Ending a two-week trek from their native rain forests, hundreds of indigenous Ecuadorians marched into the nation’s capital Thursday, demanding that the government halt plans to bring large-scale mining to the Amazon.
It’s been six years since Ecuador’s indigenous population helped elect the country’s president, Rafael Correa. Now the same communities are up in arms over his plans to mine the country’s vast mineral resources, which have so far been left largely untapped. They worry that such mining will not only lead to deforestation, but that the extraction process could pollute watersheds and thus threaten their survival.
At least 1,500 indigenous people marching from the north and the south of the country convened in the capital to hold a rally and deliver a petition to parliament. The president, who has been adamant about the need to develop mining in order to boost the economy, called for a counter-rally that was attended in similar numbers. “We can’t be beggars sitting on a sack of gold,” Correa said earlier this month, when Ecuador signed its first major mining deal with a Chinese-owned company. It plans to begin copper mining in the southern Zamora Chinchipe region. The government hopes to attract 2.7 billion euros in new mining deals by next year.
While Correa currently enjoys a popularity rate of over 70 percent, losing the votes of the indigenous people, who represent 7 percent of the population, could still hurt him in next year’s presidential election. Their anger also brings a greater worry – indigenous protests had a major role in the fall of the country’s former president Jamil Mahuad in 2000. Similar protests recently forced neighbouring Bolivia to cancel plans to build a road through indigenous lands.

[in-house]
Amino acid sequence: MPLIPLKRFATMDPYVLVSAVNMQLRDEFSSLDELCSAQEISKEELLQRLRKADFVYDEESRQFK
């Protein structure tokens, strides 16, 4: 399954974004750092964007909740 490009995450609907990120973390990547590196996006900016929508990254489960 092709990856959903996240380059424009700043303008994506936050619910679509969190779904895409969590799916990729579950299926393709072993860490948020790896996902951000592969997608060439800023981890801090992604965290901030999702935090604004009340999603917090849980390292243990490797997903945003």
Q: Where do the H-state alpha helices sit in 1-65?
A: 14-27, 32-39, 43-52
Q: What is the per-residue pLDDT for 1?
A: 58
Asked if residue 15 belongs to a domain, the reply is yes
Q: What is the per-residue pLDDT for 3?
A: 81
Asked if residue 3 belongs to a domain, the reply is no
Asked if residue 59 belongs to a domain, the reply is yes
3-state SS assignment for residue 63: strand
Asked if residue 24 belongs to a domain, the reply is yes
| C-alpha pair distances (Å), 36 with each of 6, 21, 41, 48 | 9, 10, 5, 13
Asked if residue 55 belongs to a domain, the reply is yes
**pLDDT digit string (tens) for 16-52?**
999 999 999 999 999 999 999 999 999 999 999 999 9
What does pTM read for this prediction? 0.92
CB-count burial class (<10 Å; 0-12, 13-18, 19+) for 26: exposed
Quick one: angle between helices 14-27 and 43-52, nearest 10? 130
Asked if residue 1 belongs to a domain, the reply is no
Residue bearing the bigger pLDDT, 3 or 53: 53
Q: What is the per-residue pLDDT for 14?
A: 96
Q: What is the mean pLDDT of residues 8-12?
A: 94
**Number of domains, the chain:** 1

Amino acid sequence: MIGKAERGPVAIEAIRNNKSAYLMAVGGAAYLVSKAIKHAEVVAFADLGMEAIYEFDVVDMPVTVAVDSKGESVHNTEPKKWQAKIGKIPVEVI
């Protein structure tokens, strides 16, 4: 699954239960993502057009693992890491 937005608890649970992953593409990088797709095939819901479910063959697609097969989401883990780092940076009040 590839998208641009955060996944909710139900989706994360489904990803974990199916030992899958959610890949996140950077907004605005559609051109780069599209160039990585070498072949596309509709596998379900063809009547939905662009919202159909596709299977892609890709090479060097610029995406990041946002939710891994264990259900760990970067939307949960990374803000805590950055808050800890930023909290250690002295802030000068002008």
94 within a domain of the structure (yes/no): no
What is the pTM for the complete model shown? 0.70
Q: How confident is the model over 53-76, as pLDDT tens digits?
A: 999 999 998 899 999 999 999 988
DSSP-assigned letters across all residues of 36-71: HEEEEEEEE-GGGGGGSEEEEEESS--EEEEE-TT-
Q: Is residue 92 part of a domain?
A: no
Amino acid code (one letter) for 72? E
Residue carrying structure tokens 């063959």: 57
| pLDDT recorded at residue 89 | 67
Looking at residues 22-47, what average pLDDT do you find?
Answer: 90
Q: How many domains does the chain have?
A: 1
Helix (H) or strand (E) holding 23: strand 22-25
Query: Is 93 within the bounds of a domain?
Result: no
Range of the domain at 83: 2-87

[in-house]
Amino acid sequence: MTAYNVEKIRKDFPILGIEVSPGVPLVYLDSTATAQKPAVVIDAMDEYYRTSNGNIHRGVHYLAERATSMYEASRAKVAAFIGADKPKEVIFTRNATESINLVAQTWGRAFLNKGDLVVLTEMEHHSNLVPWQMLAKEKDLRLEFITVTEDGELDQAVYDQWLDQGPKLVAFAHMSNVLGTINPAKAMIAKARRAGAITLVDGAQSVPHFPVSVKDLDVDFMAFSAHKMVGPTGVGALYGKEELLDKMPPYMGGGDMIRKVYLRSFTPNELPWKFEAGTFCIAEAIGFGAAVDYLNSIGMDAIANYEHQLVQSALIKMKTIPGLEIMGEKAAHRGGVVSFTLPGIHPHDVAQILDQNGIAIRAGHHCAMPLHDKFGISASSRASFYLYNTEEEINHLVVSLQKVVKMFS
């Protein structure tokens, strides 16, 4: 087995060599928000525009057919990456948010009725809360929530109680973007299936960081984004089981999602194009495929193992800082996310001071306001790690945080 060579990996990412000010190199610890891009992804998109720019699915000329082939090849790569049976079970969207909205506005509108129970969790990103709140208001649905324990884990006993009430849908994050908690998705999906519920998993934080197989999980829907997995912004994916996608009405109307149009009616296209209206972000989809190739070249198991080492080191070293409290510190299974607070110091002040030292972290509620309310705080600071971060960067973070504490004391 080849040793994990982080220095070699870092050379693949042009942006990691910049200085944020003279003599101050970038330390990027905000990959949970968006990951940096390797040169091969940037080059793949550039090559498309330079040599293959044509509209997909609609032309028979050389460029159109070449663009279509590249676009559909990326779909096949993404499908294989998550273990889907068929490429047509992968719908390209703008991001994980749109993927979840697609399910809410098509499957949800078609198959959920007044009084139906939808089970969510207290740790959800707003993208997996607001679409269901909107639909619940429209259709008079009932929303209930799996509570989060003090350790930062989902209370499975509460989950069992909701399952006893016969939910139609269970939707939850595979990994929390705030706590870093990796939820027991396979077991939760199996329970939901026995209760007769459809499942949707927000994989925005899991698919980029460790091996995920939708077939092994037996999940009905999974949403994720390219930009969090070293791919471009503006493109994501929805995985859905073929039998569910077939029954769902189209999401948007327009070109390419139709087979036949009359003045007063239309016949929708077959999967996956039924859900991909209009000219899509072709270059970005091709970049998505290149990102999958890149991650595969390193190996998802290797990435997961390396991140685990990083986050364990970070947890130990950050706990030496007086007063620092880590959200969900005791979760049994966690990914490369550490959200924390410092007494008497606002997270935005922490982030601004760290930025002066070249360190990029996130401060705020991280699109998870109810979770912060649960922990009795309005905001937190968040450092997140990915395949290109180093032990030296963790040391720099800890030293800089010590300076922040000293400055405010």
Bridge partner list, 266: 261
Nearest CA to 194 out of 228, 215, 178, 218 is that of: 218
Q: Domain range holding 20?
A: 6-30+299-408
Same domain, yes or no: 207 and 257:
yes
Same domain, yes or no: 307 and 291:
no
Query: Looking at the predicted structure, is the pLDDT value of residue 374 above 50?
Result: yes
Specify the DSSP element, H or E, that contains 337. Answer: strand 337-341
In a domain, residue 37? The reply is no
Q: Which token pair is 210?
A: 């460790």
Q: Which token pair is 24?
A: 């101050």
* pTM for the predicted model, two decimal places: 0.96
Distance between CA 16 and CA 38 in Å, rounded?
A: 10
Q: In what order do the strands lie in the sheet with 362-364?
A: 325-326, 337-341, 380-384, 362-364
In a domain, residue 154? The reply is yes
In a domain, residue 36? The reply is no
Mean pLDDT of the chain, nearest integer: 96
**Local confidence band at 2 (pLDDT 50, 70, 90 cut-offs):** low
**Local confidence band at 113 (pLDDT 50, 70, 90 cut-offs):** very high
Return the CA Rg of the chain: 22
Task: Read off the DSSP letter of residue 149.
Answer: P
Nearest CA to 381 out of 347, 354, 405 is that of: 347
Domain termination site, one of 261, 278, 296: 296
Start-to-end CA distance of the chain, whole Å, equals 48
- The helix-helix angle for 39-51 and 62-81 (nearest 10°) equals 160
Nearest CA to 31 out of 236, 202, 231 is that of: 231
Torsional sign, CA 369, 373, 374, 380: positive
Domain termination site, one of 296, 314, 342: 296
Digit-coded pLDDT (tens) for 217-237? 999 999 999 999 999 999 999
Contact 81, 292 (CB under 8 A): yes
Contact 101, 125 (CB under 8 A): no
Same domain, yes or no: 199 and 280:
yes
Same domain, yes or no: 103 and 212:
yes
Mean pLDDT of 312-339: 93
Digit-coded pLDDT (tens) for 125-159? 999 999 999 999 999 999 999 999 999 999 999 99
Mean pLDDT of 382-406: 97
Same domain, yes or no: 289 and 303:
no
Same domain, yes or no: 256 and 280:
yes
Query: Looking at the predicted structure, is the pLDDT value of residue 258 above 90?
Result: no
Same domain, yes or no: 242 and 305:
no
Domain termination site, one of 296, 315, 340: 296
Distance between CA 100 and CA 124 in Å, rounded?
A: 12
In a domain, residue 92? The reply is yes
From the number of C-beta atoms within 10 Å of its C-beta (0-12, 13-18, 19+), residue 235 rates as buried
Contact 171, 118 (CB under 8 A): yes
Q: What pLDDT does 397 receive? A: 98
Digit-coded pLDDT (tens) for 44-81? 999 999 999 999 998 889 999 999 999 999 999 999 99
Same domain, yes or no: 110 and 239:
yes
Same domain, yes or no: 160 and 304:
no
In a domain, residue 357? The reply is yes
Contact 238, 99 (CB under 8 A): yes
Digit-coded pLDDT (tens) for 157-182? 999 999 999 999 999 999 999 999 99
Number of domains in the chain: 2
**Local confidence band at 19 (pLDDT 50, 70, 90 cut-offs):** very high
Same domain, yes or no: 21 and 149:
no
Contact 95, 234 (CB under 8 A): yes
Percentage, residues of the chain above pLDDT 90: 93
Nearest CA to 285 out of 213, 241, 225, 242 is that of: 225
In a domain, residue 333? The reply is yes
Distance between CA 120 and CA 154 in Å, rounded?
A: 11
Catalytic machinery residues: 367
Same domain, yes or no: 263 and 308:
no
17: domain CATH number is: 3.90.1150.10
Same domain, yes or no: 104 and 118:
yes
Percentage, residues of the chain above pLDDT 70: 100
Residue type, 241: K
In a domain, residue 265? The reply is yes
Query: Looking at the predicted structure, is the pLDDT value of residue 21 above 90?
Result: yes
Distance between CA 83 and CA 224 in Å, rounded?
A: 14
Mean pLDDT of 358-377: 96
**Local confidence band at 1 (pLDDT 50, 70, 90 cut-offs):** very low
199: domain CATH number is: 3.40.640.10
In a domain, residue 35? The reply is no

Protesters in Quito on Thursday.
Protesters on their way to Quito, on Wednesday.

"The indigenous people won’t be intimidated by the government"

Ricardo Buitron leads a project calling for water to be recognised as a human right.
This march, organised by both indigenous people and Ecuadorian social rights groups, was named ‘The March for Water, Life and Dignity’ because, first of all, mining threatens watersheds, notably in the south of the country, where most of the mining is set to take place. This march is also about life and dignity, because the indigenous populations run the risk of having to leave their lands.
The march was very difficult for the protesters. Local authorities along the way did all they could to stop them from reaching Quito. For example, those on foot were forbidden to walk through certain towns. Other activists who were heading to Quito by bus to join the rally were forced to stop outside the city and continue on foot.
This project is anti-constitutional, because the right to clean water and the protection of our ecosystem is written into our constitution. [Correa initially won support from indigenous people in large part by including the “Rights of Mother Nature” into the country’s constitution. This stipulates that citizens have a right to healthy and ecologically-balanced environments.] We’re determined to stop this project, because we’ve already seen what awful effects mines can have on the environment. Oil mining by Chevron in the north of the country, which lasted for four decades, not only contaminated watersheds but also forced indigenous people to leave their lands. One tribe, the Tetetes, has entirely disappeared. And it’s no coincidence that the cancer rate in that area is much higher than the national average.
President Correo has promised that 10 percent of the revenue that comes from mining will go to help indigenous populations, but what is this money worth to a population if it has to leave its land? Those of us who stand with the indigenous people won’t let ourselves be intimidated by the government. We will fight this with all the legal means at our disposal, and will call for civil disobedience if necessary. In fact, civil disobedience is also protected by our constitution.